- Our personal touches are data-driven. Individualized connections happen one contact at a time but can still be measured utilizing metrics and tracked against benchmarks. Each local Big Tent Judaism Concierge benefits from the support of a custom-built, constantly improving SalesForce database and national IT staff.
- We’re working along a proven methodology. When Big Tent Judaism (formerly Jewish Outreach Institute) began advocating for our “Public Space Judaism” program model in 2001, almost no other Jewish organization outside of Chabad had a regular presence in secular venues. We’re proud that we helped more organizations move beyond their four walls, but recognize the challenge most Jewish communal professionals still face in making such events actual outreach: the ability to collect contact information and follow-up with people individually. Freed from having to also serve an already-affiliated membership, our Concierges can dedicate their time to doing effective, personalized follow-up to steward newcomers into deeper engagement.
- And we’re not reinventing the wheel each time. We’ve proven our concept with our pilot Concierges, who are now able to mentor their newer colleagues in other communities, together creating an internal learning network of best practices and proven programmatic offerings. Their work is strengthened by the national office, which provides supervision, development, marketing, and content creation.
We know it’s working. In 2014, our Chicago Big Tent Judaism Concierge, Alyssa Latala, and our Houston Big Tent Judaism Concierge, Elise Passy, both exceeded their goals of finding, serving, and following up with over 1,000 and 500 (respectfully) less-engaged Jews and unaffiliated intermarried households. They both reached nearly 2,000 such individuals with their programs. In all, over 6,000 individuals (affiliated, unaffiliated, Jewish, and Jew-curious) were served in each community by the programs they coordinated.
We also know that this kind of success is not being replicated by other organizations that set up their own “concierges.” We conducted a study in collaboration with a team from the Capstone program at NYU’s Robert F. Wagner Graduate School of Public Service of such community-wide engagement coordinator positions in over 30 communities. We found that while these professionals are eager to find and bring new people to their institution, they are hindered by the need to measure success through increased affiliation/donation. Twenty one of 33 professionals interviewed (70%) have membership or donor development as part of their professional portfolio. They often realize that “jumping” from first contact to membership is too large a leap for most unaffiliated families, but they are pressured by an institutional framework which functions on a membership or fundraising model.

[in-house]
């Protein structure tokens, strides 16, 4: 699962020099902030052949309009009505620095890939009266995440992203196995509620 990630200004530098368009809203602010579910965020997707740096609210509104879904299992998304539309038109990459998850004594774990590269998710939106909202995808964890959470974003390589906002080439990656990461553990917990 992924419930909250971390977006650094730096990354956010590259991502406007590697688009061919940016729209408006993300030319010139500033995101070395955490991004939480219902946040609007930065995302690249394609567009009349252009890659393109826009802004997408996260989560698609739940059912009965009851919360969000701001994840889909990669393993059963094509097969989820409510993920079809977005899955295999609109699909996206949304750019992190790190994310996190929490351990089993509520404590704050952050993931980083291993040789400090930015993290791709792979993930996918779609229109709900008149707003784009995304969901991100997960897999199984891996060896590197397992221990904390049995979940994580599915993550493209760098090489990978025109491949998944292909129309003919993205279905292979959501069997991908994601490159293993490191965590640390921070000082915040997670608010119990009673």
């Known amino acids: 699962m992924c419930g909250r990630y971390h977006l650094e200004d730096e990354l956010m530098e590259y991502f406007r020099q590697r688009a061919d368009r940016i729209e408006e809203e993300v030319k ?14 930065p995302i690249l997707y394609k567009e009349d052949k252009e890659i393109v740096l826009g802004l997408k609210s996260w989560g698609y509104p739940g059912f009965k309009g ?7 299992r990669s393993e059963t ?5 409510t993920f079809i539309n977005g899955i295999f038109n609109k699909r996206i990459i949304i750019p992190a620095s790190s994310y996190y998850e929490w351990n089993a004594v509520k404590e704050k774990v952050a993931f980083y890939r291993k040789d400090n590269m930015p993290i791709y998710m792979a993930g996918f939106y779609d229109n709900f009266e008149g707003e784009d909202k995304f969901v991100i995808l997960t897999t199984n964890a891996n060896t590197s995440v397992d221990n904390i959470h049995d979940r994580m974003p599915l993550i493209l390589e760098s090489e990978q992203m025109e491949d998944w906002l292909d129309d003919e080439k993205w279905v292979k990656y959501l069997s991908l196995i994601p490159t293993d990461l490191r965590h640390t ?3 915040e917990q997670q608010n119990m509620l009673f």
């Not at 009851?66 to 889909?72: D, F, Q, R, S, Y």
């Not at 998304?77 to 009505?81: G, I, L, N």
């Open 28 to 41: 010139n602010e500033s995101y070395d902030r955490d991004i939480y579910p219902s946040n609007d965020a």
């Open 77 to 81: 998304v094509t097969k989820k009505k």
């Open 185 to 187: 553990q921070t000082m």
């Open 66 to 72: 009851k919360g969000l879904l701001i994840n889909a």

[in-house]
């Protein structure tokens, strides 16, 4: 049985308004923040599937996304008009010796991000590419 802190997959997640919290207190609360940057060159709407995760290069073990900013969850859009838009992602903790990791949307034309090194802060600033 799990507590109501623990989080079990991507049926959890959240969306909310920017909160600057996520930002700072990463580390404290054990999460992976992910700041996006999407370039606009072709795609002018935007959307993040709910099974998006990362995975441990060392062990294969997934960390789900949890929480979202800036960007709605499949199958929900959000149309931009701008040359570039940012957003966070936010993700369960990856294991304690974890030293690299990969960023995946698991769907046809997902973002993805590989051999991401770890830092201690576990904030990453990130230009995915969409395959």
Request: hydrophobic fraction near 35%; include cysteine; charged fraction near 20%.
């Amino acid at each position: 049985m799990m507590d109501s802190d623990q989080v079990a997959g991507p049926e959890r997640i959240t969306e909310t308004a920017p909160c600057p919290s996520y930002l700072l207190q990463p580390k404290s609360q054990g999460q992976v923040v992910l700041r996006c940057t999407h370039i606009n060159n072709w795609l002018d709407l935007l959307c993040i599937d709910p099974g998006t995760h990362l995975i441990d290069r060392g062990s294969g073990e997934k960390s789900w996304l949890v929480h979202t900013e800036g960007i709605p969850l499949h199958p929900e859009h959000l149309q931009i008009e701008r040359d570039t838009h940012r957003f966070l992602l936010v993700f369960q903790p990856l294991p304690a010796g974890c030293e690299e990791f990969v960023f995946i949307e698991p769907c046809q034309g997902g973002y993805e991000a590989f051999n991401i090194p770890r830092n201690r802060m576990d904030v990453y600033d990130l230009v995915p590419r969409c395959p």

These professionals also confess to being under-prepared to measure and track their work. While some implement a large number of creative outreach programs, they have little or no way of knowing whether any participants then embark on a Jewish journey toward deeper engagement. Twenty four of 33 professionals interviewed (73%) have no measurable outcomes in place to determine programmatic success. They often see new people for the first time, but rarely see them again.
In the coming year we intend to strengthen and grow the Big Tent Judaism Concierges already on the ground, and add more Concierges in large Jewish population centers. Our funding partners have included family foundations, Federations, individual donors, and partnering organizations. Our model has been tailored to meet specific target populations, such as our Concierge for single Jewish moms in San Francisco. If you’d like to see a Big Tent Judaism Concierge tailored to the needs of your community, please contact us at PGolin@BigTentJudaism.org.
Paul Golin is associate executive director, and Zohar Rotem is manager of research and evaluation, at Big Tent Judaism.